PhilRel - notes - day16-hell

PhilRel - notes - day16-hell - HELL Is it compatible with...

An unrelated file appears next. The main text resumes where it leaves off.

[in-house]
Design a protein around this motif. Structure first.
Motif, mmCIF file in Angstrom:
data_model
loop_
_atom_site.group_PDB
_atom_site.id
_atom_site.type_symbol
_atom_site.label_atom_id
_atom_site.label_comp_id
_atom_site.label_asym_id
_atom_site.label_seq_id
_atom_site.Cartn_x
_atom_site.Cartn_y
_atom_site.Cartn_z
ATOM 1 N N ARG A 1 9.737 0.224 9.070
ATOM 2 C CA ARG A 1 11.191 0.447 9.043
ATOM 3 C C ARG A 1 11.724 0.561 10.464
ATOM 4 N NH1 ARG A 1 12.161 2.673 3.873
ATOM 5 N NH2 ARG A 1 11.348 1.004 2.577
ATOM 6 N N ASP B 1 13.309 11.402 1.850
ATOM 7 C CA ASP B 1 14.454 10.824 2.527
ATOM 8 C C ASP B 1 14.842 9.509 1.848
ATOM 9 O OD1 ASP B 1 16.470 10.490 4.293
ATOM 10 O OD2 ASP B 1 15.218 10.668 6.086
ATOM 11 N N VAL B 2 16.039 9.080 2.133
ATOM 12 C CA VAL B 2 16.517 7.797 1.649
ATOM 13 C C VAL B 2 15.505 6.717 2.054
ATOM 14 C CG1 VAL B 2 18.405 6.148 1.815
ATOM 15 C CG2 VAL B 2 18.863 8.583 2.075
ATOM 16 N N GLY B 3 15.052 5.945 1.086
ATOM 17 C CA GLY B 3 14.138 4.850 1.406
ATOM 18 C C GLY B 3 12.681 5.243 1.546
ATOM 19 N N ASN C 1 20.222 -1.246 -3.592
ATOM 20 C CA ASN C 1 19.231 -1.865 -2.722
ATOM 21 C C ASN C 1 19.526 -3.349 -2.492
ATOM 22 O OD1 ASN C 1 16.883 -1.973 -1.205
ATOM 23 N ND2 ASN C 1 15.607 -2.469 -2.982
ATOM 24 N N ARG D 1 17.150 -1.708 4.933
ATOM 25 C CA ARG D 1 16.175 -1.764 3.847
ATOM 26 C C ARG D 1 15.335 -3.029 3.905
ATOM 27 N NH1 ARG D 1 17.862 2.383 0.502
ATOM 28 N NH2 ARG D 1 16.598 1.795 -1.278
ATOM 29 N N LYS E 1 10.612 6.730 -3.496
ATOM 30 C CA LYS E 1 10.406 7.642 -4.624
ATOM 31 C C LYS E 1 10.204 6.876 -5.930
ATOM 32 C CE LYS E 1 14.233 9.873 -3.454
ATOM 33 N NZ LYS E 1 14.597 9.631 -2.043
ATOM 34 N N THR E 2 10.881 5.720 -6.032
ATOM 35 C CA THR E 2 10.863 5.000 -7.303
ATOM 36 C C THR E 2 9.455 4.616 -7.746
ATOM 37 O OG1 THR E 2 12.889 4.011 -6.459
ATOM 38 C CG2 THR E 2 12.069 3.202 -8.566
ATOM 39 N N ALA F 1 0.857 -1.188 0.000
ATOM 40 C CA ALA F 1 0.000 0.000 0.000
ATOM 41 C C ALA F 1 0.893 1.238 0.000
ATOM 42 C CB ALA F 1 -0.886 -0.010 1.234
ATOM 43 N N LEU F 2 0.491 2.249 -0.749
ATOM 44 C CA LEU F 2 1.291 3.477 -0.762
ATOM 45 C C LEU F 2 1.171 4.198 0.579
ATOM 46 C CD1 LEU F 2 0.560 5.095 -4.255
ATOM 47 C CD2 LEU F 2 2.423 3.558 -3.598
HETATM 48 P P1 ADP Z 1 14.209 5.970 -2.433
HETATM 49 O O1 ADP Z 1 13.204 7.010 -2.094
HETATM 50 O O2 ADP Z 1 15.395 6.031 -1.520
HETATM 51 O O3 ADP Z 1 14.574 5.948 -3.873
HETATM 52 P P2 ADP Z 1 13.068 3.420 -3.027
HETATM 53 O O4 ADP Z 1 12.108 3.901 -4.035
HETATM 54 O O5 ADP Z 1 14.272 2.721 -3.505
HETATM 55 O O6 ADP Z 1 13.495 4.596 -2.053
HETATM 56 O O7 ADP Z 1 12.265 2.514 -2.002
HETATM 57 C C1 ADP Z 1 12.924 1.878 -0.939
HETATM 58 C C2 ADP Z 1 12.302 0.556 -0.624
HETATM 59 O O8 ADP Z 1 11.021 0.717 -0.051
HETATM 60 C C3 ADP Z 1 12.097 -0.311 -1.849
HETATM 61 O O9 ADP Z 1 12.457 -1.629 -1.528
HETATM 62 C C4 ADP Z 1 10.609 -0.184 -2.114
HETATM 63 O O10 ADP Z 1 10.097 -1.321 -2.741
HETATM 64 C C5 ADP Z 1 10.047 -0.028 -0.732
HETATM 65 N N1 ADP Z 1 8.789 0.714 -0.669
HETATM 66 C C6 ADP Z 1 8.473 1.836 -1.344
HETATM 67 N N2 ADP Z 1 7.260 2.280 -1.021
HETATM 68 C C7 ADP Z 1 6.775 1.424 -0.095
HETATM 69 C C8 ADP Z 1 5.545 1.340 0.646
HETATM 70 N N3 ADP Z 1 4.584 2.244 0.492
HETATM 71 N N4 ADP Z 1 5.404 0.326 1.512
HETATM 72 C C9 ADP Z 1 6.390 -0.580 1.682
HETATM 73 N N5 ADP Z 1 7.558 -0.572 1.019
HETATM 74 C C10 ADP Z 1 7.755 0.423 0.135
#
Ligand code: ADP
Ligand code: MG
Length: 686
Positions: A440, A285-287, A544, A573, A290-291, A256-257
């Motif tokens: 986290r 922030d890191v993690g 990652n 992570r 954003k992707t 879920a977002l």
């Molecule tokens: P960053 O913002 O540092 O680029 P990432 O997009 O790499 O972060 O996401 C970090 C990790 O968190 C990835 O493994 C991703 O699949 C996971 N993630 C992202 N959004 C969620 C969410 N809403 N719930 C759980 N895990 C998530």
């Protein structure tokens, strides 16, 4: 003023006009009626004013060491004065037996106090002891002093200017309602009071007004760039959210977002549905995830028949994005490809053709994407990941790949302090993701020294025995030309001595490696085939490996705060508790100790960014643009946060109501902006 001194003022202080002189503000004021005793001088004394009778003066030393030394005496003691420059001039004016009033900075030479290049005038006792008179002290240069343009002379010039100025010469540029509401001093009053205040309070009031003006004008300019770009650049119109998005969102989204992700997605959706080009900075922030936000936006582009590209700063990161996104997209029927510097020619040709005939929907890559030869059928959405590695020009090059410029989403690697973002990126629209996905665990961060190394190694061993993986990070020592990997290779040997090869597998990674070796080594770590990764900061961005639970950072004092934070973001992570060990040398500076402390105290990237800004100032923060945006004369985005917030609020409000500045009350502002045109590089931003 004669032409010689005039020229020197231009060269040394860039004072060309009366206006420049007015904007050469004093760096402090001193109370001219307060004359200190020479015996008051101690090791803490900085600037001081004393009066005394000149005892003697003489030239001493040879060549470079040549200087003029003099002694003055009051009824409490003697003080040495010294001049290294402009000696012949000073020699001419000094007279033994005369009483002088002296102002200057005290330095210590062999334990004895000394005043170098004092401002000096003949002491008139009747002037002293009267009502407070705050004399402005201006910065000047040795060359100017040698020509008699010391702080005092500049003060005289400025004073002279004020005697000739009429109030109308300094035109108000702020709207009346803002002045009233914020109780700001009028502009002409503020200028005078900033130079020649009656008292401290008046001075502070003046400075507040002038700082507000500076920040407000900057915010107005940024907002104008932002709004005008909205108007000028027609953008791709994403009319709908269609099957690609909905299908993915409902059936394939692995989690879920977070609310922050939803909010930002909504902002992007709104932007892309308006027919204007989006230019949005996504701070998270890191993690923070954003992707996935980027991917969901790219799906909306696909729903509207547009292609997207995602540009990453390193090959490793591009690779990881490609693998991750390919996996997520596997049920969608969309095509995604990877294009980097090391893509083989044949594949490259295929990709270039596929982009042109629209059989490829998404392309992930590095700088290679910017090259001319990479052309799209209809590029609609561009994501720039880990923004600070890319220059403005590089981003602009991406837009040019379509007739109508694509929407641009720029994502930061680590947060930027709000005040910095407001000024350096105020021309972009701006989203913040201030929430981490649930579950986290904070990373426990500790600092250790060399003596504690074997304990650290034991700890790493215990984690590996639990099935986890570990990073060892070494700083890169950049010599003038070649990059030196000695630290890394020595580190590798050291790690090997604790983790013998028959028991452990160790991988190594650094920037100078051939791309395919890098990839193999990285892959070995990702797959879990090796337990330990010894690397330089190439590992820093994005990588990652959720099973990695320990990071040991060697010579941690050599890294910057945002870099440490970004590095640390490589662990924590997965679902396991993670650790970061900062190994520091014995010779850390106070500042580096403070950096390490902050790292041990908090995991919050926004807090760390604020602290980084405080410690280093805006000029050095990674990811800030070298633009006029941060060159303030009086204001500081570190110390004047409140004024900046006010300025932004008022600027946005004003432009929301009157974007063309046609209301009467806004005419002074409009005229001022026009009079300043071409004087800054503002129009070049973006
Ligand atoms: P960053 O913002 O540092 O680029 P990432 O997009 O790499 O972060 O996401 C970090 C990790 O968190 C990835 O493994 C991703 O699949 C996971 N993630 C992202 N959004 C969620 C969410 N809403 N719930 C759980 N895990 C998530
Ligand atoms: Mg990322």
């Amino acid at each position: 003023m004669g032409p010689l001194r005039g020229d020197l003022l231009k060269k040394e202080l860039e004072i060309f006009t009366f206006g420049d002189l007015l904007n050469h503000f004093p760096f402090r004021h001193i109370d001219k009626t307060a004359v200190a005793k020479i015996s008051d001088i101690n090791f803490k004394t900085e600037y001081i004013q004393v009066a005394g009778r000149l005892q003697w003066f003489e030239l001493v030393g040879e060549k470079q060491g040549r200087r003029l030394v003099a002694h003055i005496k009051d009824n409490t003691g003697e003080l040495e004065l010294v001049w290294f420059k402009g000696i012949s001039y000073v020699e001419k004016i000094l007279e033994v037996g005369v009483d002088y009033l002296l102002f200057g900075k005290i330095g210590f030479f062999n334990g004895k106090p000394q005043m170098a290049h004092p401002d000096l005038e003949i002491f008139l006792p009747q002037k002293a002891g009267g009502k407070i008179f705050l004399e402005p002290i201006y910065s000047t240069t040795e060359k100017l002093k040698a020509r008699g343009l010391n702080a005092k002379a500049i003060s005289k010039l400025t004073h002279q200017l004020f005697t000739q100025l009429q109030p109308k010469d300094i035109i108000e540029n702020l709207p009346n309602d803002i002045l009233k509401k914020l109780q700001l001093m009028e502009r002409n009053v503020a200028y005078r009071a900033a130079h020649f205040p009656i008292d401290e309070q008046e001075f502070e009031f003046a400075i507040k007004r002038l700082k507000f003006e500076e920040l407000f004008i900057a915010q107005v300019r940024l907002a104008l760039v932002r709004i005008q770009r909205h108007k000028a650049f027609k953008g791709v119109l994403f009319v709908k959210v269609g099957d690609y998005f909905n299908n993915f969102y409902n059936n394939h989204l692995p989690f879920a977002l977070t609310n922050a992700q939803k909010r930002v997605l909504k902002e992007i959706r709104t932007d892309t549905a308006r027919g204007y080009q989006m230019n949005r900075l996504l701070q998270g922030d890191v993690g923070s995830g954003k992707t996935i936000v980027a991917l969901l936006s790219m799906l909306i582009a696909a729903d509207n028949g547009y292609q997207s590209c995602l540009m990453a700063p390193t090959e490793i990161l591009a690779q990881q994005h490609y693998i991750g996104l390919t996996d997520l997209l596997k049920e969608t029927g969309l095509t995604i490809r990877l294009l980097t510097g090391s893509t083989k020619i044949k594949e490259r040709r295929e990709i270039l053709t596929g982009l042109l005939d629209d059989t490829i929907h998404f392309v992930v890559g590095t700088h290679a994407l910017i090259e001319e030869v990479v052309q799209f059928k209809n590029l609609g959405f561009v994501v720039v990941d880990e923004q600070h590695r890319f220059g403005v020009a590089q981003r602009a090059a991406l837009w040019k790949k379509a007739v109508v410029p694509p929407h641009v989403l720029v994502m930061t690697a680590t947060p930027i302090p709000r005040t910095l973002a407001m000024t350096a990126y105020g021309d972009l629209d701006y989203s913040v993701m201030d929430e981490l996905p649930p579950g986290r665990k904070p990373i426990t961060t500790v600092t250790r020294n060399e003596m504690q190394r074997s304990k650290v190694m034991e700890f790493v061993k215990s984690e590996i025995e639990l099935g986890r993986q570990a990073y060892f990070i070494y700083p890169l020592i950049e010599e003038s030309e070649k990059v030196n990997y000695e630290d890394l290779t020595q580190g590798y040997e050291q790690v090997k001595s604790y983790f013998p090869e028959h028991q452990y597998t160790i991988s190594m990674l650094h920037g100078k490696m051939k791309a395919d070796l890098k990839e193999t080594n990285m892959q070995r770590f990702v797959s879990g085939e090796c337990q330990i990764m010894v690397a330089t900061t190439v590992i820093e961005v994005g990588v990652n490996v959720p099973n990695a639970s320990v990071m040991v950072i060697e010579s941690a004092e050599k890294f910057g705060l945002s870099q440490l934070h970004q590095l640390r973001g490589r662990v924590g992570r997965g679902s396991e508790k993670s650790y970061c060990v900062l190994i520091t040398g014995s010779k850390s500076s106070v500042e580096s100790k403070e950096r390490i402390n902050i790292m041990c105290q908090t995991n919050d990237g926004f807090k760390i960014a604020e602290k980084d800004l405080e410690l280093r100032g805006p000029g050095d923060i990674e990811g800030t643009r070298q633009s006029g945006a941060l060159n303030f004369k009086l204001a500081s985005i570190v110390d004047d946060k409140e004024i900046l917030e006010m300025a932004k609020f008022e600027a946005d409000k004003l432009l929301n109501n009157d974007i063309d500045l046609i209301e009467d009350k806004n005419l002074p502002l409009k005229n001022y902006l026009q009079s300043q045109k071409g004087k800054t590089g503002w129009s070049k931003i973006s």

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Unformatted text preview: HELL Is it compatible with God's goodness? A "moral argument" for HELL "I pray with all my heart that the people who deliberately hurt people get punished. I would sit in depression if I truly believed that the torturers and their victims have the same fate..." Dennis Prager Bad people should get what's coming to them 1. God is just. 2. So God gives people what they deserve. 3. Some people deserve to be in hell. 4. Therefore, God puts some people in hell. On this view, the point of hell is punishment, and it is required by perfect justice. What's the point of punishment? Protecting other people? Reform? Retribution? Obviously, Prager is thinking exclusively in terms of retribution. Who deserves to go to hell? Bad people? Moral monsters? People who have rejected God's offer of salvation? Unbelievers? Everyone? Does anyone deserve everlasting punishment? St. Augustine All human beings are guilty of rebellion against God. All are therefore guilty of an infinite offense. All deserve to spend eternity in hell. Jonathan Edwards (17031758) "[Sinful humans] deserve to be cast into hell... Justice calls aloud for an infinite punishment of their sins." Jonathan Edwards (17031758) "[Sinful humans] deserve to be cast into hell... Justice calls aloud for an infinite punishment of their sins." "The God that holds you over the pit of hell, much as one holds a spider or some loathsome insect over the fire, abhors you, and is dreadfully provoked ... You are ten thousand times so abominable in his eyes as the most hateful venomous serpent is in ours." "Natural men are held in the hand of God over the pit of hell; ... the devil is waiting for them, hell is gaping for them, the flames gather and flash about them, and would fain lay hold on them." "All that preserves them is the mere arbitrary will, and unconvenanted unobliged forebearance of an incensed God." John Hick (1922 ) "... misery which is eternal and therefore infinite would constitute the largest part of the problem of evil." John Hick (1922 ) "The sufferings of the damned in hell, since they are interminable, can never lead to any constructive end beyond themselves and are thus the very type of ultimately wasted and pointless anguish. Indeed misery which is eternal and therefore infinite would constitute the largest part of the problem of evil. "... in a universe that permanently contained sin, ... God's creation would be perpetually shadowed and spoiled by evil; and this would be incompatible either with God's sovereignty or with His perfect goodness." Stephen Davis Russell K Pitzer Professor of Philosophy Claremont McKenna College Stephen Davis Russell K Pitzer Professor of Philosophy Claremont McKenna College A Free Will Defense for hell "Why are the damned in hell? ... I believe they are in hell because they choose to be in hell; no one is sent to hell against his or her will." "Sadly, some people choose to live their lives apart from God, harden their hearts, and will continue to do so after death; some will doubtless do so forever..." Separation and free will "Why are the damned in hell? ... I believe they are in hell because they choose to be in hell; no one is sent to hell against his or her will." Stephen Davis A "natural consequence" of sin "Sadly, some people choose to live their lives apart from God, harden their hearts, and will continue to do so after death; some will doubtless do so forever..." Stephen Davis "The doors of hell are locked on the inside." C.S. Lewis A "natural consequence" of sin "Sadly, some people choose to live their lives apart from God, harden their hearts, and will continue to do so after death; some will doubtless do so forever. For such people, living in God's presence might well seem worse than living in God's absence. Allowing them to live forever in hell is simply God's continuing to grant them the freedom that they enjoyed in this life to say yes or no to God." Stephen Davis "The doors of hell are locked on the inside." C.S. Lewis The nature of HELL (according to Davis) Not a place with literal fire or torture where God "gets even." sm i But the damned are "largely miserable," on g since they are separated from the Source of ti n "true love, joy, peace, and light." ra vi a lo They see their situation for what it is, and ep d S n they are filled with "remorse." a st Nevertheless, they choose to remain in hell Ju because they know that they would be even more miserable in heaven. Contrast Universalism Every created person will eventually be brought into God's Kingdom and "will live eternally with God." Davis's replies to some arguments for universalism The Universalist says God's purposes can't be frustrated. It would be unjust to condemn anyone to eternal torment. Hell would spoil heaven. Davis replies God's good purposes can be frustrated by his creatures. The damned freely choose to remain in hell. God won't let hell spoil heaven. Jonathan Edwards: What about the fate of the Maybe they get to make a better ignorant? "The heavenly inhabitants ... will have no love nor pity to the informed choice after death. damned.... it is not fit that they should love [them] because Second chances? Maybe for some they will know then, that God has no love to them, nor pity for them." Responses to universalist arguments The NT teaches separationism, not universalism. God's good purposes can be frustrated by his creatures. Since the damned freely choose to remain in hell, God is both just and loving in giving them their wish. God won't let hell spoil heaven. (But Davis doesn't "The heavenly inhabitants ... will have no love nor pity to the know how this will be accomplished.) damned.... it is not fit that they should love [them] because Contrast this with Jonathan Edwards: they will know then, that God has no love to them, nor pity for them." Contrast Jonathan Edwards "The heavenly inhabitants ... will have no love nor pity to the damned.... it is not fit that they should love [them] because they will know then, that God has no love to them, nor pity for them." Contrast Jonathan Edwards "The seeing of the calamities of others tends to heighten the sense of our own enjoyments. When the saints in glory, therefore, shall see the doleful state of the damned, how will this heighten their sense of the blessedness of their own state.... When they shall see how miserable others of their fellowcreatures are ... when they shall see the smoke of their torment ... and hear their dolorous shrieks and cries, and consider that they in the mean time are in the most blissful state, and shall surely be in it to all eternity; how they will rejoice!" Responses to universalist arguments The NT teaches separationism, not universalism. God's good purposes can be frustrated by his creatures. Since the damned freely choose to remain in hell, God is both just and loving in giving them their wish. God won't let hell spoil heaven. (But Davis doesn't know how this will be accomplished.) A speculation about the "fate of the ignorant." Some worries Would any wellinformed person freely choose eternal misery? Do the damned still have a choice? A dilemma. Yes? Then why don't they choose to be reconciled to God? No? Then why doesn't God fix their wills so that they can? Freedom isn't allornothing. Is the freedom to damn oneself a good thing? ...